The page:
VA May Face Sanctions for Denying Veteran Benefits

     (CN) – The Federal Circuit gave the Department of Veteran Affairs 60 days to show why it should not be sanctioned for denying veteran benefits.
     Previously, veterans seeking benefits filed claims with a regional VA office, which processed the claims and decided whether to grant the benefits. If the veteran disagreed with the regional board’s decision, the Board of Veterans’ Appeals reviewed the claim and made a final decision.
     Federal law requires the benefits system for veterans to be pro-claimant, laying out procedural and appellate rights for veterans seeking adjudication. VA officials tasked with approving or denying benefits must actively look for ways to improve the cases of veterans both at the regional level and in the appellate process.
     In 2011, however, the VA issued an “immediately-effective” rule that applied the pro-claimant procedures only to regional VA office dealings, stripping veterans of assistance within Board of Veterans’ Appeals hearings. The National Organization of Veterans Advocates (NOVA) petitioned the Federal Circuit to review the rule, arguing that the VA implemented it without a mandatory notice-and-comment period required by the Administrative Procedures Act.
     The VA twice asked the Federal Circuit for more time to file its explanation, claiming the second time that it planned to repeal the rule. In fact, the department promised both NOVA and the appeals court that it would not apply the provisions of the new rule at all prior to publishing the repeal in the Federal Register.
     After claiming that it wanted the published appeal to become effective before responding, the VA won a third extension. NOVA then submitted evidence that the VA had been ignoring its promises to not enforce the rule, at least 60 cases in a single month alone.
     Writing for a three-judge panel of the Federal Circuit last week, Judge S. Jay Plager said that “the VA’s conduct in this matter troubles the court on multiple levels.”
     “First, VA’s conduct did not involve an isolated mistake,” Plager wrote. “Starting on March 5, 2012, VA began representing in court filings and in other communications with NOVA that it would immediately stop applying the 2011 rule. VA also made various representations implying that the Board was not applying the rule. In spite of these representations, NOVA identified 60 cases in which the invalid 2011 rule may have been applied-and that was just in the month of March. Thirty of these cases expressly refer to the invalid 2011 rule, and many if not all of these 30 cases declare that the rule renders [pro-claimant assistance requirements] inapplicable. We are only left to wonder how VA was able to represent to us in its May supplemental reply that it was not aware of ‘any instance’ in which the Board applied the 2011 rule after March 5th.”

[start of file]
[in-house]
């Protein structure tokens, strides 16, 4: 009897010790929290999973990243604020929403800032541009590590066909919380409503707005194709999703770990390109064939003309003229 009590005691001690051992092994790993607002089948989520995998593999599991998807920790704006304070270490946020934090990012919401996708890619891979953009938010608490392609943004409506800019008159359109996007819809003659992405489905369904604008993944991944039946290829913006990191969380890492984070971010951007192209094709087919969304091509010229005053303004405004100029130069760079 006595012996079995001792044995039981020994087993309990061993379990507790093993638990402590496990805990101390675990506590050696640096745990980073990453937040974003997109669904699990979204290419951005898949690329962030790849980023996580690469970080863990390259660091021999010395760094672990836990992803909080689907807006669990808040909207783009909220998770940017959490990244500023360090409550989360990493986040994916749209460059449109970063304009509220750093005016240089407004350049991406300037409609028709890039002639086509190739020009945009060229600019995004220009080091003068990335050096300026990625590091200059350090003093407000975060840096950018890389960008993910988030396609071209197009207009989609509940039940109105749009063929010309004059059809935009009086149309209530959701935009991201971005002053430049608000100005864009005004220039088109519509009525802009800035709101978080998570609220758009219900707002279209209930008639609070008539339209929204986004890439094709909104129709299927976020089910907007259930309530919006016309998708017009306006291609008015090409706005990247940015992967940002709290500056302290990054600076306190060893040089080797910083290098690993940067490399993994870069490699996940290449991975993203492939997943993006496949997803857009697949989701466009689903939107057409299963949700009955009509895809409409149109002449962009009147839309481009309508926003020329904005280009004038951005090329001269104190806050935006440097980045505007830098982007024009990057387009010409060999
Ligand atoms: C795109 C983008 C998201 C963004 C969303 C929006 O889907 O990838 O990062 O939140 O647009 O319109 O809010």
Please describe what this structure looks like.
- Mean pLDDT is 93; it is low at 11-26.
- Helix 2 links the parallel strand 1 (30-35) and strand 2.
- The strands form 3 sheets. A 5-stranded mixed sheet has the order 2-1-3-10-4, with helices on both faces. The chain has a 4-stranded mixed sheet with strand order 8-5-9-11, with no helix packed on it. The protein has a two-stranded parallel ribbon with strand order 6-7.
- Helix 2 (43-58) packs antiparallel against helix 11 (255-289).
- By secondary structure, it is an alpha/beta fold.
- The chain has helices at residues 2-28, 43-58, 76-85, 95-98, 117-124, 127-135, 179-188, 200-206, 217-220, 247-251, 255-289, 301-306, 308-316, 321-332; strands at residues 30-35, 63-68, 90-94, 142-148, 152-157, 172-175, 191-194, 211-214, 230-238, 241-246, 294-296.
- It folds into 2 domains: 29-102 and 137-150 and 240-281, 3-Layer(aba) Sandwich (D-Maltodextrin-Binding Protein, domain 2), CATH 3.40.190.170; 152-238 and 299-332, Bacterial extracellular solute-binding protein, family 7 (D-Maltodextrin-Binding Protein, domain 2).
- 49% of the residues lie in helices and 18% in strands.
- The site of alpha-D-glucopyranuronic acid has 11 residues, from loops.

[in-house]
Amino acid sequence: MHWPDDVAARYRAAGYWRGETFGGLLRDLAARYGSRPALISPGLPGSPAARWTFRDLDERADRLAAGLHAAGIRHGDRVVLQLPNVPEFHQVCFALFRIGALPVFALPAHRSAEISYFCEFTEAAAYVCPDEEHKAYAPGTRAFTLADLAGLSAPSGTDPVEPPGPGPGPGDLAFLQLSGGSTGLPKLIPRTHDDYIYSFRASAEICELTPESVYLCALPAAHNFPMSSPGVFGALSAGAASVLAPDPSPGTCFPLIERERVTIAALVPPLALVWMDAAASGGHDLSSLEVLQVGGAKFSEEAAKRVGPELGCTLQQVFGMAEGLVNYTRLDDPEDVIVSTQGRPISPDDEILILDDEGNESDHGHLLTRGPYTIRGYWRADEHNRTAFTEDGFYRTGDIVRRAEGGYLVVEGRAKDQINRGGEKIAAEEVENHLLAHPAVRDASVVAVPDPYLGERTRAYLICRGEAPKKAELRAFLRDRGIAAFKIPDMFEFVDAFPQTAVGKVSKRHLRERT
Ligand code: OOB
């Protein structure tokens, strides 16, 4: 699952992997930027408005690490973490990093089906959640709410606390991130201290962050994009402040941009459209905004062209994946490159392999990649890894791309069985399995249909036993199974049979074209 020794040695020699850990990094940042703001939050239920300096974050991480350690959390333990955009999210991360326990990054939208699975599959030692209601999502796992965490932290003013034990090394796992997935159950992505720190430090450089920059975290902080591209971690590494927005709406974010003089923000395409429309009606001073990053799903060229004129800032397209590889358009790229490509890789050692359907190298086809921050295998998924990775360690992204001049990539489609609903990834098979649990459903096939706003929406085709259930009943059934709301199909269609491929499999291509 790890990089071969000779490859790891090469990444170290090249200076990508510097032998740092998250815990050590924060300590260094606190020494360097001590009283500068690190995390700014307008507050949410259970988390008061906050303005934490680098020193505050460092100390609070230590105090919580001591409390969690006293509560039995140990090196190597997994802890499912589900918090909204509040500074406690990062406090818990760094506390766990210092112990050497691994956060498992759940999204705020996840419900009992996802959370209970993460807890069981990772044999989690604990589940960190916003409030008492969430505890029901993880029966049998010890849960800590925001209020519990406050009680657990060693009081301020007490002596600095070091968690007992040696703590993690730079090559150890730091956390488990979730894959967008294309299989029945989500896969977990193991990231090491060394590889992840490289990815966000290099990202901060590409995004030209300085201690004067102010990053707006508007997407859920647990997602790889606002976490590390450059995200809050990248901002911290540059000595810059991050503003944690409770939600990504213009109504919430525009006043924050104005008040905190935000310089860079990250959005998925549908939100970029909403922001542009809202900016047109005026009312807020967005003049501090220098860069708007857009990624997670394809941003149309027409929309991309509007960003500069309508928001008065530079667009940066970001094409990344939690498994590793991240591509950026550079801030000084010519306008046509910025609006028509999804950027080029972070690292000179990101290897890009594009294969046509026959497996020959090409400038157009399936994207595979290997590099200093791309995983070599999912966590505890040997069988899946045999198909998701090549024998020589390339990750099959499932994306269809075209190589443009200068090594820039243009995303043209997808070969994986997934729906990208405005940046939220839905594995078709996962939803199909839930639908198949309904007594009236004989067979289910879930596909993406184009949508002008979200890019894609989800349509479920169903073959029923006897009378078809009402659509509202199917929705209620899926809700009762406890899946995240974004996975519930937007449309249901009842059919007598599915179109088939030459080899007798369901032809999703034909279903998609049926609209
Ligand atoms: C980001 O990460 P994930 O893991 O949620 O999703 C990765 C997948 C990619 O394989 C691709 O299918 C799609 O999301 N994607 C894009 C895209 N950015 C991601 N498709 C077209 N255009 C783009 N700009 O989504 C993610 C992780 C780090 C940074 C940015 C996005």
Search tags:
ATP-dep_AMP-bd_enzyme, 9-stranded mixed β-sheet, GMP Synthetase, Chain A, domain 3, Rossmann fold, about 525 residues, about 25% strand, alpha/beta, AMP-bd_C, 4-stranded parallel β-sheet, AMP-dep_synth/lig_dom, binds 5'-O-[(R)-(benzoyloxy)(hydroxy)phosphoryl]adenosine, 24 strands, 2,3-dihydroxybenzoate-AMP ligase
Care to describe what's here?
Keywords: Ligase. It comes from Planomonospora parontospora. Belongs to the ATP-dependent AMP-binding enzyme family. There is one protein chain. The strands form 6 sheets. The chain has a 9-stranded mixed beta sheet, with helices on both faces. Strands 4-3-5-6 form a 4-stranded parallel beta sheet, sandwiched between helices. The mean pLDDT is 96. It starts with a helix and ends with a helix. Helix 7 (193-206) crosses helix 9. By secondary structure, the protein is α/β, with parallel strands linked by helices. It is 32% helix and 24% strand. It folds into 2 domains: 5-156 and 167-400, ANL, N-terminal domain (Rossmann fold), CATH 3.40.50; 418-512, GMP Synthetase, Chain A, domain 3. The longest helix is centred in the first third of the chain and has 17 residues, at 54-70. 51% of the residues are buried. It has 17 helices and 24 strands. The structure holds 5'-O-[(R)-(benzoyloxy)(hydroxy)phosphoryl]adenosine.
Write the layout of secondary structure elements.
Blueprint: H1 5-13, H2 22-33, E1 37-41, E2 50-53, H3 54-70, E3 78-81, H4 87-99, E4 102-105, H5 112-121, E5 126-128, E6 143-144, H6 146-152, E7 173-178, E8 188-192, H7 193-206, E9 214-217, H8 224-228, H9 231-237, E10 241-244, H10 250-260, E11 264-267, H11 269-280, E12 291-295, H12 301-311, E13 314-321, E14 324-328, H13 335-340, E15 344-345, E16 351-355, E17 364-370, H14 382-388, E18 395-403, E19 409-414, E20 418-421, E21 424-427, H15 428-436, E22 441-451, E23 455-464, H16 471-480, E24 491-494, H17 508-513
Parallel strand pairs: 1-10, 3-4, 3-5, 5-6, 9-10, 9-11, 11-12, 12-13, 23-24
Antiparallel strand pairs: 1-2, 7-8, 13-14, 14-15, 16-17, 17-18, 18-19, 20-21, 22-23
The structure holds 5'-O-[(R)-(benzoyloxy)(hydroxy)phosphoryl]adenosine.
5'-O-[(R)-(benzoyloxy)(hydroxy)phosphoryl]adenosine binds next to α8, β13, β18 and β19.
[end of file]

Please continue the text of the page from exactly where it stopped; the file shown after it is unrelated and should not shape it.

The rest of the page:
Even after the VA repeatedly promised to deal with any mistakes NOVA found, “it appears that VA has failed to honor its commitments,” Plager added.
     “As a consequence, VA’s conduct resulted in harm to NOVA, its attorneys and this court,” the ruling continues. “Each has been required to divert resources from other important activities in order to address conduct that should never have happened in the first place. Worse yet, VA’s conduct has potentially harmed not just plaintiff NOVA’s organization but the very individuals it represents and that VA is tasked with assisting.”
     The panel also had blistering words for the VA’s response to its own mistakes.
     “VA’s conduct troubles the court because, rather than remedy harm caused by its broken promises, VA attempted to shift the burden to others such as NOVA, attorneys assisting veterans (oftentimes on a pro-bono basis), or to the harmed veterans themselves,” Plager wrote. “In particular, VA indicated in a letter to NOVA dated Nov. 5, 2012 that the routine appellate (or post-decisional, in the case of Board reconsiderations) process was the most appropriate venue for resolving affected cases. VA indicated in its 2011 rule addendum that motions for reconsideration and appeals provided ‘adequate avenues of relief to any claimants who may have been adversely affected by the repealed rule.’ The usual procedural processes, initiated by the claimant, for relief from erroneous decisions may be appropriate under usual circumstances; here they are not.” (Parentheses in original.)
     Plager added: “VA’s commitments required VA to ensure that its statements to NOVA and this court were true and that the invalid rule was not being applied; only by doing so could VA avoid harming the parties involved. The unwarranted denial of benefits means real-world consequences to veterans. Promises of hypothetical relief do not pay for food or provide needed medical care.”
     While acknowledging its power to impose sanctions, the circuit noted that sanctions come at a cost to all parties. As an alternative, the panel ordered the VA to come up with a plan to identify and rectify the harms it caused by implementing the rule – and explain why the plan will make sanctions unnecessary – within 60 days.
     “We expect that the government will choose to confer with NOVA regarding its proposed plan so that any plan submitted to the court fully addresses the harms caused by the government’s conduct and minimizes the need for further orders by this court,” Plager concluded.

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